Does the kind of market distortion, as shown in the RS model, really happen in practice? To research this, Raghavan and his colleagues took several public data sets from Google+, Yelp, Facebook etc. consisting of large weighted graphs. For each of these they set about running a RS and setting up a number of experiments. In an attempt to try and really distort the market, they set the rate at which the users referred to the RS at 0,2 which is abnormally large. Raghavan claims that you don’t ask your fiends for 20 per cent of your purchases, it is probably far less. It turned out that it was really hard to distort the market. The biggest distortion they achieved was in the Twitter network. Perhaps not surprising, sinceTwitter is a network where people try to maximise their influence. Especially when a networks evolves around an oligarchy, think Beyoncé, you can engineer distortion.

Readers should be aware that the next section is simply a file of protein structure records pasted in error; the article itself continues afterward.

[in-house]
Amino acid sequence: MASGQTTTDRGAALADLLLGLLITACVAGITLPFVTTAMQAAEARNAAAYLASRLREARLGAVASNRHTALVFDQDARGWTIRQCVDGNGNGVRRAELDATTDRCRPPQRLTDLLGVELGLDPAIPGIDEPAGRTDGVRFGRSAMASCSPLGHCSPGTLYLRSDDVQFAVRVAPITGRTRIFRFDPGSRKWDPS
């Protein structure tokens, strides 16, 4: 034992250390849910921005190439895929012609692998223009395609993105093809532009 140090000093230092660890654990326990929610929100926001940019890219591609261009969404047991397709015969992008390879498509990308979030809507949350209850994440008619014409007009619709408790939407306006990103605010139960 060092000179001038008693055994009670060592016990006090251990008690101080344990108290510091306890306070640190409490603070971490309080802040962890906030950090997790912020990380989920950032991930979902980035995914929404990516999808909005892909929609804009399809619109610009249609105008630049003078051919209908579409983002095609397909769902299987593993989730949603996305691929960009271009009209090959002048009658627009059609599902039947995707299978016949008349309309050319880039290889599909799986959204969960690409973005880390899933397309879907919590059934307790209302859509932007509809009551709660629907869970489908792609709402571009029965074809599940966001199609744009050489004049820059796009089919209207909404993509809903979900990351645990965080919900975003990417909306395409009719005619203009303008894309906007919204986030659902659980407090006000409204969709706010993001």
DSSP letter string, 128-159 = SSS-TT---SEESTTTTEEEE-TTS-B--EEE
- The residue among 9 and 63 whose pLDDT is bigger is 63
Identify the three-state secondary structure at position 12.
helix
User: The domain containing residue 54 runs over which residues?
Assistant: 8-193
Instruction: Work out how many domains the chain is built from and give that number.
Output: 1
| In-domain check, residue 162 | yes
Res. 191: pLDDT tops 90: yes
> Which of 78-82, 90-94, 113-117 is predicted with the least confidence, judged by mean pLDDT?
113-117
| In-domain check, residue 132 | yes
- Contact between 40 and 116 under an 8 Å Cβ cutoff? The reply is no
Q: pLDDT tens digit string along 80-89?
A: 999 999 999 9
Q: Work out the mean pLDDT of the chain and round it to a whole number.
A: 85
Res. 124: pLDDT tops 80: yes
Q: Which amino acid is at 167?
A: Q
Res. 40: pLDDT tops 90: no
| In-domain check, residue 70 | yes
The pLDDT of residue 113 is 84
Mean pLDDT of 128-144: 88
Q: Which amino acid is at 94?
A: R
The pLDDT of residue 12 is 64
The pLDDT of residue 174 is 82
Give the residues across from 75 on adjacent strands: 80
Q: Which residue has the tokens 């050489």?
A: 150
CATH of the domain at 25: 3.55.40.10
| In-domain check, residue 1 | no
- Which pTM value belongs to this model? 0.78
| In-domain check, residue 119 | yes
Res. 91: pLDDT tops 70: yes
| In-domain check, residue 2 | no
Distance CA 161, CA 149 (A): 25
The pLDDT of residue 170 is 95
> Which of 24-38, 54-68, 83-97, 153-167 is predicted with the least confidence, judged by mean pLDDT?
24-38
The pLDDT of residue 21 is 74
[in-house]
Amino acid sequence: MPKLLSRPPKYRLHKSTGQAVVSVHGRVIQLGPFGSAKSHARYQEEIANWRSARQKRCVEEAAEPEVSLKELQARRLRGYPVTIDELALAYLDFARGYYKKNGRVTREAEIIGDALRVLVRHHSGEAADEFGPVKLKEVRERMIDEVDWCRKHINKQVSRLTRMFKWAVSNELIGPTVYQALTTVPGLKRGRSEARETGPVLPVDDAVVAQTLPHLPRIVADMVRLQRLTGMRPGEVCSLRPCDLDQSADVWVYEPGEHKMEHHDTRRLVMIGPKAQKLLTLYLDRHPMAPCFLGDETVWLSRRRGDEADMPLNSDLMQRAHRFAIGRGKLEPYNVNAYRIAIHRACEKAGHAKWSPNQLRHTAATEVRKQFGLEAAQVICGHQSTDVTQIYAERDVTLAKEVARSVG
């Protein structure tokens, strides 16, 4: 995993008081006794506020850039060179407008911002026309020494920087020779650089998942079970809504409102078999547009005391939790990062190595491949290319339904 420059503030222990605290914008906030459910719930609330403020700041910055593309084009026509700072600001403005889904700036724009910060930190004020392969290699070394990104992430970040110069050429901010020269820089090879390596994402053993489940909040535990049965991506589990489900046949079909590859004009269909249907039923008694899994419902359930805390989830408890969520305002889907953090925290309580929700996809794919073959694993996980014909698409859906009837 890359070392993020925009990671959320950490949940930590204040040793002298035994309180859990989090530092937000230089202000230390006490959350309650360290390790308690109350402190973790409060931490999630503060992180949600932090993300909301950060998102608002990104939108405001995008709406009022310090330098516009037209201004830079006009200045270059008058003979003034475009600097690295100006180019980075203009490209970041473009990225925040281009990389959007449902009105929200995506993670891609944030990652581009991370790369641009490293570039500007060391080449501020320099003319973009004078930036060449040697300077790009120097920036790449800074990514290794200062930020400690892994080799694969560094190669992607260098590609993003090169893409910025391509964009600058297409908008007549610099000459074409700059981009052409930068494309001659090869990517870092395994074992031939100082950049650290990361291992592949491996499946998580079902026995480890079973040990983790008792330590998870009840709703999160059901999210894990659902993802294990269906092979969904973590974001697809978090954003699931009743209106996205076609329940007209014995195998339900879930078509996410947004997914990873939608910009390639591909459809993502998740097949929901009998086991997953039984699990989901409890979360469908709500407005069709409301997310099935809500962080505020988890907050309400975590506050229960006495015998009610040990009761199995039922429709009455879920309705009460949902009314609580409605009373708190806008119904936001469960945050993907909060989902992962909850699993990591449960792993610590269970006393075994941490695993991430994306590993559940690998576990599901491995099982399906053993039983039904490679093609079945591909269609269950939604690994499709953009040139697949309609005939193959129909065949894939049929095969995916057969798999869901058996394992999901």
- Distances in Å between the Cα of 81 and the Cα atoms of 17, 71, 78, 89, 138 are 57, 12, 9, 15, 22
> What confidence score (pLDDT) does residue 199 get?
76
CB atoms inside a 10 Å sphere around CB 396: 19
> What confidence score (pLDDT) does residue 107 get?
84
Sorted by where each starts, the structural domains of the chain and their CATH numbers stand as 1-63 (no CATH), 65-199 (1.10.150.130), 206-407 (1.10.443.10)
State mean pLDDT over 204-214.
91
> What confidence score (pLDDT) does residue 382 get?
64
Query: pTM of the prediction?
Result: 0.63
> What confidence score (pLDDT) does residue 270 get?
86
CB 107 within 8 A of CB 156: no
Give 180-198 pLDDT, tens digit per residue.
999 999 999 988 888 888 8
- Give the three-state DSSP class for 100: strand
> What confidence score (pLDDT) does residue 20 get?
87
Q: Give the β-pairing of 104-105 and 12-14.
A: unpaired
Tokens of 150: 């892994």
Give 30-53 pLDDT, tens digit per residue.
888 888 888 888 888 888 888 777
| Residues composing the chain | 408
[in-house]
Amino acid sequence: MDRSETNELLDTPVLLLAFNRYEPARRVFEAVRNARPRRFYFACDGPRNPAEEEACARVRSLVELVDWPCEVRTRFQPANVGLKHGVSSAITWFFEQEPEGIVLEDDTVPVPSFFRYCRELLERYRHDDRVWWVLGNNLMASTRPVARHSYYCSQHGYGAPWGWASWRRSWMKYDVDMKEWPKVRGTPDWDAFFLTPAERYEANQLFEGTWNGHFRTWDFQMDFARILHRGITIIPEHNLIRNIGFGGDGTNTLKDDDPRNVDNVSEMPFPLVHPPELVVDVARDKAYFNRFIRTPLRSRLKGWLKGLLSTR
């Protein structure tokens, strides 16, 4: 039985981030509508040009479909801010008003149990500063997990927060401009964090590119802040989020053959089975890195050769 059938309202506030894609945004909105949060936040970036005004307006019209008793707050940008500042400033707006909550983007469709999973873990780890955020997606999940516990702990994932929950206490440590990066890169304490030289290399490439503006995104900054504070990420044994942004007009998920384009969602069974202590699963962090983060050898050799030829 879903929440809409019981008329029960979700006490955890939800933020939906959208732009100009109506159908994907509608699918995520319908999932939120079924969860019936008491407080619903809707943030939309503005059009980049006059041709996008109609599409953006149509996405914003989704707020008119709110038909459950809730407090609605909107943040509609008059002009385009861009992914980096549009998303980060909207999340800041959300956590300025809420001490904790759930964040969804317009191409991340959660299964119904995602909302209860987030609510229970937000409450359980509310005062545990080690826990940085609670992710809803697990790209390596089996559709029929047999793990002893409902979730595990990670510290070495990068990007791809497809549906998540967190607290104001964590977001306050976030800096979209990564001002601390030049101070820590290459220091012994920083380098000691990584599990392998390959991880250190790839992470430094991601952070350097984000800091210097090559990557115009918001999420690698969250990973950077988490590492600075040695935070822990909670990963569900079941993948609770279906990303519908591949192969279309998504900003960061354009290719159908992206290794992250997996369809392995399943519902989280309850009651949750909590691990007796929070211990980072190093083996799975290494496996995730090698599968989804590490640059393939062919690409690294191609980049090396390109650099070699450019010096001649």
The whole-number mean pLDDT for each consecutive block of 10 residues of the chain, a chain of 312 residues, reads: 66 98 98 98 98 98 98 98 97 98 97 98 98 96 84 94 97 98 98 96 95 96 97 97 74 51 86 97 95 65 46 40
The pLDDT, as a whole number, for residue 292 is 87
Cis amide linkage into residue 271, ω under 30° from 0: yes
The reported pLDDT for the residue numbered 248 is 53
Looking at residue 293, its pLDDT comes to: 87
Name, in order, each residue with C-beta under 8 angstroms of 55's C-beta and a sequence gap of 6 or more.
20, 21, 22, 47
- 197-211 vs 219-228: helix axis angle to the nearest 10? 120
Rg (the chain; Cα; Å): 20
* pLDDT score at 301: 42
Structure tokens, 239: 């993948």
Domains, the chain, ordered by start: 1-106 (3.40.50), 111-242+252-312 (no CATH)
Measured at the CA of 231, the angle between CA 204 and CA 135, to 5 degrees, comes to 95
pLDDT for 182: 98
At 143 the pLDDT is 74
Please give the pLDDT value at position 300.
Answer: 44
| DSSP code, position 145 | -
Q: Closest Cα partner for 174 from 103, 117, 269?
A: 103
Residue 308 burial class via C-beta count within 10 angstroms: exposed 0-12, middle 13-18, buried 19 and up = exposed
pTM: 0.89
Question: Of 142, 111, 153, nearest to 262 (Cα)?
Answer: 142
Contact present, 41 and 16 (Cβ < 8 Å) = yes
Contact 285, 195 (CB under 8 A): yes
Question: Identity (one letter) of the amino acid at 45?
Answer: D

Experiments suggests that real social networks dampen the influence of RS. It is critical to understand this. In the social sciences, there is currently concern that algorithms are taking over and we are going to buy things we would not buy otherwise, or read stories we would not read otherwise, in a phenomenon called the filter bubble. However, although you can theoretically calculate this distortion, it is very difficult to engineer. Because of the way humans are structuring their relations, it is very hard to let computers take over.
David Dunson: Probabilistic inference from big and complex data
Professor David Dunson obtained a PhD in biostatistics from Emory University in 1997. He is a fellow of both the ASA and the Institute of Mathematical Statistics. He was named full professor in the Department of Statistical Science at Duke in August 2008 and appointed Arts and Sciences Distinguished Professor of Statistics in May 2013. (see slides)